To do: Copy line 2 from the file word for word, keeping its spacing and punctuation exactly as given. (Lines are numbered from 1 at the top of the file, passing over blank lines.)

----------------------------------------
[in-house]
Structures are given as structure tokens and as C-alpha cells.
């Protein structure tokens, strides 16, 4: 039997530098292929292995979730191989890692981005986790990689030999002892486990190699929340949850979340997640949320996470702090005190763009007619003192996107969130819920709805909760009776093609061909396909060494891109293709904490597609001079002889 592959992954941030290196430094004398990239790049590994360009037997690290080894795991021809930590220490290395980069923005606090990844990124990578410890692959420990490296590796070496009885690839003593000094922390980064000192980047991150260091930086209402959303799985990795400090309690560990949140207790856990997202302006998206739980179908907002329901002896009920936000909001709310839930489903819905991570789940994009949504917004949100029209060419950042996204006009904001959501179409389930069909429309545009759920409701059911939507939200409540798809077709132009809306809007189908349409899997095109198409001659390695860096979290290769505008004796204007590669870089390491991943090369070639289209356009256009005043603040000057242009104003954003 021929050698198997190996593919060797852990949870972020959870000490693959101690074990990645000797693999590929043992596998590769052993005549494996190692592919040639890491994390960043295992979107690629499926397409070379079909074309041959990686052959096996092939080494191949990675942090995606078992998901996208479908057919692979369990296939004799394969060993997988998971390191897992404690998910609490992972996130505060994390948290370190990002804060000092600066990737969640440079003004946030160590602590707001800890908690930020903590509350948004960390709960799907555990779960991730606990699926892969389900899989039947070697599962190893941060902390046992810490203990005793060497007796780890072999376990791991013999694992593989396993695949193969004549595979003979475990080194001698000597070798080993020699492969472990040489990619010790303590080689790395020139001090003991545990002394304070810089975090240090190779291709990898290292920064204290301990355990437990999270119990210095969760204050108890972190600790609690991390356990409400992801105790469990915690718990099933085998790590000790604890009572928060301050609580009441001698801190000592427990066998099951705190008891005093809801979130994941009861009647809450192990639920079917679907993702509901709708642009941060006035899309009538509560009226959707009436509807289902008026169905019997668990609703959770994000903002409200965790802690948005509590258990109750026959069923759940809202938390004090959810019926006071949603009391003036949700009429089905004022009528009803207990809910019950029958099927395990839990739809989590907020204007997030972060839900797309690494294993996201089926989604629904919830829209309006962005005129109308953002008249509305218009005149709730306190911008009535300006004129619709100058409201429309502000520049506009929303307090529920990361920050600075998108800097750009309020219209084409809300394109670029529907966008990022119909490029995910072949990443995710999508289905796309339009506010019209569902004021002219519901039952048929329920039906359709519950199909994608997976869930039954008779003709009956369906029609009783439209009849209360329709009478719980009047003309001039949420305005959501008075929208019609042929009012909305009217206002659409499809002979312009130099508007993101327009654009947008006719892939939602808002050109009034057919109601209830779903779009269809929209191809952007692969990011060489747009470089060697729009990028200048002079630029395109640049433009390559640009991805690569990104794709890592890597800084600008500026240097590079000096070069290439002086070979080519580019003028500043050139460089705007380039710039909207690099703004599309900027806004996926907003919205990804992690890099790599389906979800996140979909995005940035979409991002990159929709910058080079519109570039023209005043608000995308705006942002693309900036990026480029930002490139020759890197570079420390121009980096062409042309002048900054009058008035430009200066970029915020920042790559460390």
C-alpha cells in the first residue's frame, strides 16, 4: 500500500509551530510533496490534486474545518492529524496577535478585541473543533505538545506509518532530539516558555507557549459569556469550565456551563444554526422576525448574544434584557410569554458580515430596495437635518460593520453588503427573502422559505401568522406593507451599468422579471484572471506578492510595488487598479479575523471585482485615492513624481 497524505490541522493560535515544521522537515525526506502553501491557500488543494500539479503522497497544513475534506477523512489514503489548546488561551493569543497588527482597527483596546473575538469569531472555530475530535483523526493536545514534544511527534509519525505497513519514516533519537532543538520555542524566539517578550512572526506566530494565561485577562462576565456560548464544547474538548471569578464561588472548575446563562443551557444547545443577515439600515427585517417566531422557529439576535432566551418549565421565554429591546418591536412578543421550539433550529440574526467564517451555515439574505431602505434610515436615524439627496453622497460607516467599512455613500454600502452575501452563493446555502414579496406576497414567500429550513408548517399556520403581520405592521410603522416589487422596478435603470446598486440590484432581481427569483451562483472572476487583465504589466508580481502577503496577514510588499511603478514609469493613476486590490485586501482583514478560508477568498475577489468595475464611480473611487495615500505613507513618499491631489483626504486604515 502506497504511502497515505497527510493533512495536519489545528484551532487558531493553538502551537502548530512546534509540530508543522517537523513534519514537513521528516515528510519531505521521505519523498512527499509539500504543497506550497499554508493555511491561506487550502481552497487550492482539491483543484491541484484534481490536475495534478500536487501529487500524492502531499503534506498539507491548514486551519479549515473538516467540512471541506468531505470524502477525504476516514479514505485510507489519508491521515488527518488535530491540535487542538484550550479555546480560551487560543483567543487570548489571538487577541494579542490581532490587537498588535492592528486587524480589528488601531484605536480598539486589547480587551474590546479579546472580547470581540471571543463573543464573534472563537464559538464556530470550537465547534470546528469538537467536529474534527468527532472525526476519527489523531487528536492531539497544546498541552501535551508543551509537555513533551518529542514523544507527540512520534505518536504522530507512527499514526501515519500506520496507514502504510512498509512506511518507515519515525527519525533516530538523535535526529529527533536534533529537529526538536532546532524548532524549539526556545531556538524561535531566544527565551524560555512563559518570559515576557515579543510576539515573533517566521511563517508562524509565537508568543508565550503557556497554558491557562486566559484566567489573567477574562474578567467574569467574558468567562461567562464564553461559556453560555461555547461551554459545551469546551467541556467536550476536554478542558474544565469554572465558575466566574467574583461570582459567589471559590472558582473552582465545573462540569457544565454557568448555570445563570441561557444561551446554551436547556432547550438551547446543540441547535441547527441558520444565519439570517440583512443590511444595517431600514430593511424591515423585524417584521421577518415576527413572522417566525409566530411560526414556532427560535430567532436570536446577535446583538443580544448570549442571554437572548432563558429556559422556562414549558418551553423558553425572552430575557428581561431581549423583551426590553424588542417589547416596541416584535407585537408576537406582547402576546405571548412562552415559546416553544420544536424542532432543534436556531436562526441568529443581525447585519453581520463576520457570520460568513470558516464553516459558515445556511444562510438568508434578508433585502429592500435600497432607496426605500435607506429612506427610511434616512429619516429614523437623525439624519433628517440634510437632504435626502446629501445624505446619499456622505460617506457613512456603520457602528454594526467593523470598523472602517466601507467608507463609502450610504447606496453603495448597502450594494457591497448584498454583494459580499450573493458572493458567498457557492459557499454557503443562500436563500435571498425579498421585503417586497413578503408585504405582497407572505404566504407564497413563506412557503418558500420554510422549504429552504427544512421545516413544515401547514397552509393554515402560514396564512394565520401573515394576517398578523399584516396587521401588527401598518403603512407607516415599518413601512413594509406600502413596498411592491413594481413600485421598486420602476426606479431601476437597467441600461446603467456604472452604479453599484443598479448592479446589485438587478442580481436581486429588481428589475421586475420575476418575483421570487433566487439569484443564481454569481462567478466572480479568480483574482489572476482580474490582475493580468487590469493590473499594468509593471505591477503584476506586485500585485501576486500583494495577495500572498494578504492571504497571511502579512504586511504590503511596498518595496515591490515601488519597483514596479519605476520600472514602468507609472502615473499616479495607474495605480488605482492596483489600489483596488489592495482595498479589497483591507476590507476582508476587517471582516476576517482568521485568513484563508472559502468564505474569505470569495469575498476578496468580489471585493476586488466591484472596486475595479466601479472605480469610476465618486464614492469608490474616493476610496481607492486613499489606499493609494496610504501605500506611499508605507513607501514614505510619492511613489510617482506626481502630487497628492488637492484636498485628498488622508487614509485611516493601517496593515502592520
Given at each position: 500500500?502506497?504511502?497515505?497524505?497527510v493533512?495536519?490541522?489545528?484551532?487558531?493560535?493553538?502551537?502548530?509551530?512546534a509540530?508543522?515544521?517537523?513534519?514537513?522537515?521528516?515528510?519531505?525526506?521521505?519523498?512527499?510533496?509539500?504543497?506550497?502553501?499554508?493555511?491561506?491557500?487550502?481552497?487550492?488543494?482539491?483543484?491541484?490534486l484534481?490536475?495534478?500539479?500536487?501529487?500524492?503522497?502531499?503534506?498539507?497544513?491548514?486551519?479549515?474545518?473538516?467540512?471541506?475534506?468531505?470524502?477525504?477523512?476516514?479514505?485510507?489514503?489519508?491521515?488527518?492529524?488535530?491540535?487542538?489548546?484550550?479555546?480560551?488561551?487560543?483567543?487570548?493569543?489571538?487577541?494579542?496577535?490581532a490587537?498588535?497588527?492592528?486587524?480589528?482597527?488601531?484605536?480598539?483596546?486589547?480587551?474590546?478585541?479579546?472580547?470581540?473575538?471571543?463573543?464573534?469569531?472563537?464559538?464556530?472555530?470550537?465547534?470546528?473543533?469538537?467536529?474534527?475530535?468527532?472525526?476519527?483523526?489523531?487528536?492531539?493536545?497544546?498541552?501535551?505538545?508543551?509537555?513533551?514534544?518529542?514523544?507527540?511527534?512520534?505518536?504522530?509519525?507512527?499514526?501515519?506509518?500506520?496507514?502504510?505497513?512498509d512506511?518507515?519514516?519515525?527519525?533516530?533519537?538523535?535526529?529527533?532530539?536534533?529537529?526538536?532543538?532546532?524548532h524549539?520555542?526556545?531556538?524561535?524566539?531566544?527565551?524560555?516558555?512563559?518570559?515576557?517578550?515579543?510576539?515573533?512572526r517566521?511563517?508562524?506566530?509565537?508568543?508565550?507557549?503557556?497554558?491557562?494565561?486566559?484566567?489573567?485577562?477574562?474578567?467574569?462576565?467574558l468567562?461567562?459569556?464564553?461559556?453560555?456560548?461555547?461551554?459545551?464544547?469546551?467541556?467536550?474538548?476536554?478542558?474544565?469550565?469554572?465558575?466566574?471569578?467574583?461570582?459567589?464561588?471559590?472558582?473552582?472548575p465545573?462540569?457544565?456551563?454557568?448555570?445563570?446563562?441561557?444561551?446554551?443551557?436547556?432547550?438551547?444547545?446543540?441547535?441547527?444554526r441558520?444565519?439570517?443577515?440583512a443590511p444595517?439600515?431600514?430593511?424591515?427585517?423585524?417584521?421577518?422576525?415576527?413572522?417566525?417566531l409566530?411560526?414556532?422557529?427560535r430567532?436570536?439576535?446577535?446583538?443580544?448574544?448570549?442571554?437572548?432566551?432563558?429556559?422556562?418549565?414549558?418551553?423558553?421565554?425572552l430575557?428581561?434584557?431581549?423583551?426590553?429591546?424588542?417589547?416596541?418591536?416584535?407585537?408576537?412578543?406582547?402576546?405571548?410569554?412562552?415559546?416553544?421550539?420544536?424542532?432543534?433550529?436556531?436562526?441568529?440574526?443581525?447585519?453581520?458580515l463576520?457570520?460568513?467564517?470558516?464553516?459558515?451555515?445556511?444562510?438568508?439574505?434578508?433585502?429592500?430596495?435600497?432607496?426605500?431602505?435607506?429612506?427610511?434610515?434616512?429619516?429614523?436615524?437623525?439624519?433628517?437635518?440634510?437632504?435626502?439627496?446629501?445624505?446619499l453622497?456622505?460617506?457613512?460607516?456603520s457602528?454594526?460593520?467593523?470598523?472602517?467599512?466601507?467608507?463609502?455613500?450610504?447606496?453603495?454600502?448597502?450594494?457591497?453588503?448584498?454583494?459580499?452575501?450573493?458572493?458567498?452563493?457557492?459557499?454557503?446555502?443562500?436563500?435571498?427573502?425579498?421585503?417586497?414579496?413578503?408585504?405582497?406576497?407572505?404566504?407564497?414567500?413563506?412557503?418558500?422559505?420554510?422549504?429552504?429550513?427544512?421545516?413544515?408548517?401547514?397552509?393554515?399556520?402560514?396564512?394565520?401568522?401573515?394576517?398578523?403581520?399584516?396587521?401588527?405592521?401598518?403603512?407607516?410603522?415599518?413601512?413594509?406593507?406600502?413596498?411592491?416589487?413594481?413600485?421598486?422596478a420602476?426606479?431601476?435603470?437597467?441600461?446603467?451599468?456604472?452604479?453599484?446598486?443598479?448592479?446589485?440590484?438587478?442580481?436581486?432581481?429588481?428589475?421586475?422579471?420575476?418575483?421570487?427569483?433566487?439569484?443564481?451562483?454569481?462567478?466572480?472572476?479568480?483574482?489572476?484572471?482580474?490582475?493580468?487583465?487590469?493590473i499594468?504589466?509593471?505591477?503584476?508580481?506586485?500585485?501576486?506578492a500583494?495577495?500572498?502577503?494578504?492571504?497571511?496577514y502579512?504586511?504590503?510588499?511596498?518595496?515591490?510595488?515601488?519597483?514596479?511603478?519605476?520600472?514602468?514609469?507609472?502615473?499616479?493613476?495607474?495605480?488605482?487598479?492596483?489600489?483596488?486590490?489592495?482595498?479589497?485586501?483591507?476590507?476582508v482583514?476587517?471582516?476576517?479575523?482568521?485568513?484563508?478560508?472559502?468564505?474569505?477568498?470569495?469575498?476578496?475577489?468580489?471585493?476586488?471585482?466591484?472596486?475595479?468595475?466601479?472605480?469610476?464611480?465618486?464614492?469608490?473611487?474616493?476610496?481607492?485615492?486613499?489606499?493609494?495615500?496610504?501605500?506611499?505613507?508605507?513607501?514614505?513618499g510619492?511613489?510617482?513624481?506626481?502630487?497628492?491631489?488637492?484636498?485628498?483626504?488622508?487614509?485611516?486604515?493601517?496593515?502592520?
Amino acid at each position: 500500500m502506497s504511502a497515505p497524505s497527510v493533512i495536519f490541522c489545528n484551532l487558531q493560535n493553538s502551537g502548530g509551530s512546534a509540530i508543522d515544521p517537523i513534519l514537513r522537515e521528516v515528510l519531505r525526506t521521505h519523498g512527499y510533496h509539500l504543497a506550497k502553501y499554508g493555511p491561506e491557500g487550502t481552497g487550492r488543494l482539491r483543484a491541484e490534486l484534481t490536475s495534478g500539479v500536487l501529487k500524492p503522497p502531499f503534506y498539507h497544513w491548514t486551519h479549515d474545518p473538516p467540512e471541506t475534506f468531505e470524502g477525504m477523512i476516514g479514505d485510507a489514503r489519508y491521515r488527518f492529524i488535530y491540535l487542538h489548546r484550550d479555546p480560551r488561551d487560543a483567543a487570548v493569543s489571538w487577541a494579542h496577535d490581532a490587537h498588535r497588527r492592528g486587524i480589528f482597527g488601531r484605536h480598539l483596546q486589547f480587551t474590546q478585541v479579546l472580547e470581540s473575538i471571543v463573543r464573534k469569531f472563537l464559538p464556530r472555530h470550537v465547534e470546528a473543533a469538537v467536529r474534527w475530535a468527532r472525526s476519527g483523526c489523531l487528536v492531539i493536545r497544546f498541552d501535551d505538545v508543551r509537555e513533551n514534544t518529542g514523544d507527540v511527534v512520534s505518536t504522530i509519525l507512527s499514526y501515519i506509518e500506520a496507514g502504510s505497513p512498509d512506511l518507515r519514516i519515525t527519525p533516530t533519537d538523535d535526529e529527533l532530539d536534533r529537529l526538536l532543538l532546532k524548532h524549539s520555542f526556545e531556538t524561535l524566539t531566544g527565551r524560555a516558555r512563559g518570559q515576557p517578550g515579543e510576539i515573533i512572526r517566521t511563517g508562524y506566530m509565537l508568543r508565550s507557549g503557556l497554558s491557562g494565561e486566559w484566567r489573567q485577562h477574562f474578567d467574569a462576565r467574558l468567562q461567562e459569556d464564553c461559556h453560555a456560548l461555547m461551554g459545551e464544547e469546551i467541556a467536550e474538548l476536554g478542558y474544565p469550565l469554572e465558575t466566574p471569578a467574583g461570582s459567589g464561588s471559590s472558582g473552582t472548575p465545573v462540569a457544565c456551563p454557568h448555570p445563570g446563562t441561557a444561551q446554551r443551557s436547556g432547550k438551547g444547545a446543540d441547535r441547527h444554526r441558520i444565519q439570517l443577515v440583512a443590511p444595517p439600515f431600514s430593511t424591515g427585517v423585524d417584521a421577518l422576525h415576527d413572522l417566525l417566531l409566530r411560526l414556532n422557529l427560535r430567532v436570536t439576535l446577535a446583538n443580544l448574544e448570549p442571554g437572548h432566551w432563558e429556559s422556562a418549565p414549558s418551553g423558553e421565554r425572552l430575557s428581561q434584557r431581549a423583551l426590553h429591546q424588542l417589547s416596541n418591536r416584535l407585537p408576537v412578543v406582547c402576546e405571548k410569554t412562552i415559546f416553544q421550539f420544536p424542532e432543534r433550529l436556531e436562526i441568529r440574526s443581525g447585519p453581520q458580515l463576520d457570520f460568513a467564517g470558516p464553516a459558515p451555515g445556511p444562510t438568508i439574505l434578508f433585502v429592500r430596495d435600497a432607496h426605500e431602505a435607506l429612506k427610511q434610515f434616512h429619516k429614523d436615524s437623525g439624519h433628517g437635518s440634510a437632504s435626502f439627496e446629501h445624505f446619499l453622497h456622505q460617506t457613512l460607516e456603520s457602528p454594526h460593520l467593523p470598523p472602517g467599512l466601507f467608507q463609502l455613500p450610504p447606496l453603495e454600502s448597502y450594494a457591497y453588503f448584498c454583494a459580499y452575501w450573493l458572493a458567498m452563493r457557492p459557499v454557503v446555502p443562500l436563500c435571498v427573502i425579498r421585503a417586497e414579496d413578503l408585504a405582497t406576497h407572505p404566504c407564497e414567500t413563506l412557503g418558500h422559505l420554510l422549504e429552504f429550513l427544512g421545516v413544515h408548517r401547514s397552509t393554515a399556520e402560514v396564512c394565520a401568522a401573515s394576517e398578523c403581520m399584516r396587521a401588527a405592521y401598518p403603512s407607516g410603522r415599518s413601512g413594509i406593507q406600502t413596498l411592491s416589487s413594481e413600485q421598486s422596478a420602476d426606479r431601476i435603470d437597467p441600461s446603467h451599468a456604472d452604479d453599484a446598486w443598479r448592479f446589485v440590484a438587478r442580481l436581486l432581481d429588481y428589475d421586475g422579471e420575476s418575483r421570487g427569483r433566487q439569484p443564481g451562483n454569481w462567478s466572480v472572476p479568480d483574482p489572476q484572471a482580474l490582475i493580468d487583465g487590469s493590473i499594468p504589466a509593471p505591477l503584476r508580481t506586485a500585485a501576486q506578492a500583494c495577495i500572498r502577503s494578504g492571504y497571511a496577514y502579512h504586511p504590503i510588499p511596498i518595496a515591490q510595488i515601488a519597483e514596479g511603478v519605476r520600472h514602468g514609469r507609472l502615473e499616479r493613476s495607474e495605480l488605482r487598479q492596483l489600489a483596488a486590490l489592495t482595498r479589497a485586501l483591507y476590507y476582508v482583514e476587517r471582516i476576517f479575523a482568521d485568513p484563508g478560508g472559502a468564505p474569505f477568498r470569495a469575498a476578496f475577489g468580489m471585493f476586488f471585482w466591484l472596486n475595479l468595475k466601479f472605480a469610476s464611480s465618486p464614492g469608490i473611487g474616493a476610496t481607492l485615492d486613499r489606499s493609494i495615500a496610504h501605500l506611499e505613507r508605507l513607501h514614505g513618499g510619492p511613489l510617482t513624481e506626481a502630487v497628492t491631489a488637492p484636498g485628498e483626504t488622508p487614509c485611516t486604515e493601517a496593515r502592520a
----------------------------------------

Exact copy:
Structures are given as structure tokens and as C-alpha cells.